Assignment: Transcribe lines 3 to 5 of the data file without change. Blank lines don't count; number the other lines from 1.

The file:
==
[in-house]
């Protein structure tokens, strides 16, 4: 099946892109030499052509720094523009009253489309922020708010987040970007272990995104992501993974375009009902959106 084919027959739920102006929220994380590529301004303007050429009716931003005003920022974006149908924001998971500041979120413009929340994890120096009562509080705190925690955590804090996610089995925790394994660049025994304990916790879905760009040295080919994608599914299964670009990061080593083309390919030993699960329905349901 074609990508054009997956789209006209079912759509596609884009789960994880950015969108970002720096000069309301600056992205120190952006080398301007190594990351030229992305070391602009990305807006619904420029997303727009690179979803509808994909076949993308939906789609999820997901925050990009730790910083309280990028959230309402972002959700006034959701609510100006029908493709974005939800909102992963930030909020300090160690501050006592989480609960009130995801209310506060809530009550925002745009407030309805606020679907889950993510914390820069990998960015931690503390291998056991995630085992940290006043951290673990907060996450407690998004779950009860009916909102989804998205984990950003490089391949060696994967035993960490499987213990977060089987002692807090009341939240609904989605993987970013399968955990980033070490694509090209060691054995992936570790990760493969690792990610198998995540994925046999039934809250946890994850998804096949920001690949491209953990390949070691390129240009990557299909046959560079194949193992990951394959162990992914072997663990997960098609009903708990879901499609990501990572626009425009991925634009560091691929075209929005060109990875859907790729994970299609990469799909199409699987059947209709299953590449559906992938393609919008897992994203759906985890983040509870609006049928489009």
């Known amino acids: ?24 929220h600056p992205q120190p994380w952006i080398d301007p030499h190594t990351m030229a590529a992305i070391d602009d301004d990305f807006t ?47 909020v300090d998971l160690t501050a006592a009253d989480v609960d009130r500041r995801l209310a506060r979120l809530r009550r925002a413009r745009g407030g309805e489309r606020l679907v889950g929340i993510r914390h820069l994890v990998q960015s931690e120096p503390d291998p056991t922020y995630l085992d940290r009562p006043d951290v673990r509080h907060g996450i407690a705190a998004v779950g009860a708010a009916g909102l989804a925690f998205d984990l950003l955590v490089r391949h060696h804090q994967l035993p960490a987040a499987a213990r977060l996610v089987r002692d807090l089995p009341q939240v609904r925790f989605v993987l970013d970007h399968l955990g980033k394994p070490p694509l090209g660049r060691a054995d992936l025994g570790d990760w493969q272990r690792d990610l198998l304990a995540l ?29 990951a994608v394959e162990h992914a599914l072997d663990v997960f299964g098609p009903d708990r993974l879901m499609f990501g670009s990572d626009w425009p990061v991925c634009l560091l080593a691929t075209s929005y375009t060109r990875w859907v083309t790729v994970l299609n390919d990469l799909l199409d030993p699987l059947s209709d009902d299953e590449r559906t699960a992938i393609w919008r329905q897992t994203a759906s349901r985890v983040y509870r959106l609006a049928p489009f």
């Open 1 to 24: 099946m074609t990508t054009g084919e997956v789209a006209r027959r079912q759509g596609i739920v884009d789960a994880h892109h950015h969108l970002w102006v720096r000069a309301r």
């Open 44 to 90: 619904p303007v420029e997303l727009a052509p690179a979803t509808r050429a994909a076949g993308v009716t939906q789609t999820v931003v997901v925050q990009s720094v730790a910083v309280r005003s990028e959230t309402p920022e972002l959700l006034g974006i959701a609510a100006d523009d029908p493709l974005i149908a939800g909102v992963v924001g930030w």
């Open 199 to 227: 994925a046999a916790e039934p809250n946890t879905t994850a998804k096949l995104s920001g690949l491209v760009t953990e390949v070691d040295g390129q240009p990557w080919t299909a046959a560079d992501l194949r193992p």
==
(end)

């Known amino acids: ?24 929220h600056p992205q120190p994380w952006i080398d301007p030499h190594t990351m030229a590529a992305i070391d602009d301004d990305f807006t ?47 909020v300090d998971l160690t501050a006592a009253d989480v609960d009130r500041r995801l209310a506060r979120l809530r009550r925002a413009r745009g407030g309805e489309r606020l679907v889950g929340i993510r914390h820069l994890v990998q960015s931690e120096p503390d291998p056991t922020y995630l085992d940290r009562p006043d951290v673990r509080h907060g996450i407690a705190a998004v779950g009860a708010a009916g909102l989804a925690f998205d984990l950003l955590v490089r391949h060696h804090q994967l035993p960490a987040a499987a213990r977060l996610v089987r002692d807090l089995p009341q939240v609904r925790f989605v993987l970013d970007h399968l955990g980033k394994p070490p694509l090209g660049r060691a054995d992936l025994g570790d990760w493969q272990r690792d990610l198998l304990a995540l ?29 990951a994608v394959e162990h992914a599914l072997d663990v997960f299964g098609p009903d708990r993974l879901m499609f990501g670009s990572d626009w425009p990061v991925c634009l560091l080593a691929t075209s929005y375009t060109r990875w859907v083309t790729v994970l299609n390919d990469l799909l199409d030993p699987l059947s209709d009902d299953e590449r559906t699960a992938i393609w919008r329905q897992t994203a759906s349901r985890v983040y509870r959106l609006a049928p489009f």
């Open 1 to 24: 099946m074609t990508t054009g084919e997956v789209a006209r027959r079912q759509g596609i739920v884009d789960a994880h892109h950015h969108l970002w102006v720096r000069a309301r």
């Open 44 to 90: 619904p303007v420029e997303l727009a052509p690179a979803t509808r050429a994909a076949g993308v009716t939906q789609t999820v931003v997901v925050q990009s720094v730790a910083v309280r005003s990028e959230t309402p920022e972002l959700l006034g974006i959701a609510a100006d523009d029908p493709l974005i149908a939800g909102v992963v924001g930030w």